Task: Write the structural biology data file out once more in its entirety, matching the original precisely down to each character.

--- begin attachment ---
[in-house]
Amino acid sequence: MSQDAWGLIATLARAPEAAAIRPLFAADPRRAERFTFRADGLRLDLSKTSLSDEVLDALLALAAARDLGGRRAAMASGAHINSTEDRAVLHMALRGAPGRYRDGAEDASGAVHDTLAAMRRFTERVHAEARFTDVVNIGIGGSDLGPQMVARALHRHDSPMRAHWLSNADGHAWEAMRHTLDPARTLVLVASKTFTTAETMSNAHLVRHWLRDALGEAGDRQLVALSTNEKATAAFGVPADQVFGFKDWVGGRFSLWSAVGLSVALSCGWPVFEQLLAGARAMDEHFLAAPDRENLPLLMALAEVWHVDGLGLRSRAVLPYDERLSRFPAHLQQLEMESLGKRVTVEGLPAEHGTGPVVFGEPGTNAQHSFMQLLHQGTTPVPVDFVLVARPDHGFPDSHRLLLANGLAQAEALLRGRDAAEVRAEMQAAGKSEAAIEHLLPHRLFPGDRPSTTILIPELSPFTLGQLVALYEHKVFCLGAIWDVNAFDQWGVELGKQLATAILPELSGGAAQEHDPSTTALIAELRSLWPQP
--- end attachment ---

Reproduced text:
[in-house]
Amino acid sequence: MSQDAWGLIATLARAPEAAAIRPLFAADPRRAERFTFRADGLRLDLSKTSLSDEVLDALLALAAARDLGGRRAAMASGAHINSTEDRAVLHMALRGAPGRYRDGAEDASGAVHDTLAAMRRFTERVHAEARFTDVVNIGIGGSDLGPQMVARALHRHDSPMRAHWLSNADGHAWEAMRHTLDPARTLVLVASKTFTTAETMSNAHLVRHWLRDALGEAGDRQLVALSTNEKATAAFGVPADQVFGFKDWVGGRFSLWSAVGLSVALSCGWPVFEQLLAGARAMDEHFLAAPDRENLPLLMALAEVWHVDGLGLRSRAVLPYDERLSRFPAHLQQLEMESLGKRVTVEGLPAEHGTGPVVFGEPGTNAQHSFMQLLHQGTTPVPVDFVLVARPDHGFPDSHRLLLANGLAQAEALLRGRDAAEVRAEMQAAGKSEAAIEHLLPHRLFPGDRPSTTILIPELSPFTLGQLVALYEHKVFCLGAIWDVNAFDQWGVELGKQLATAILPELSGGAAQEHDPSTTALIAELRSLWPQP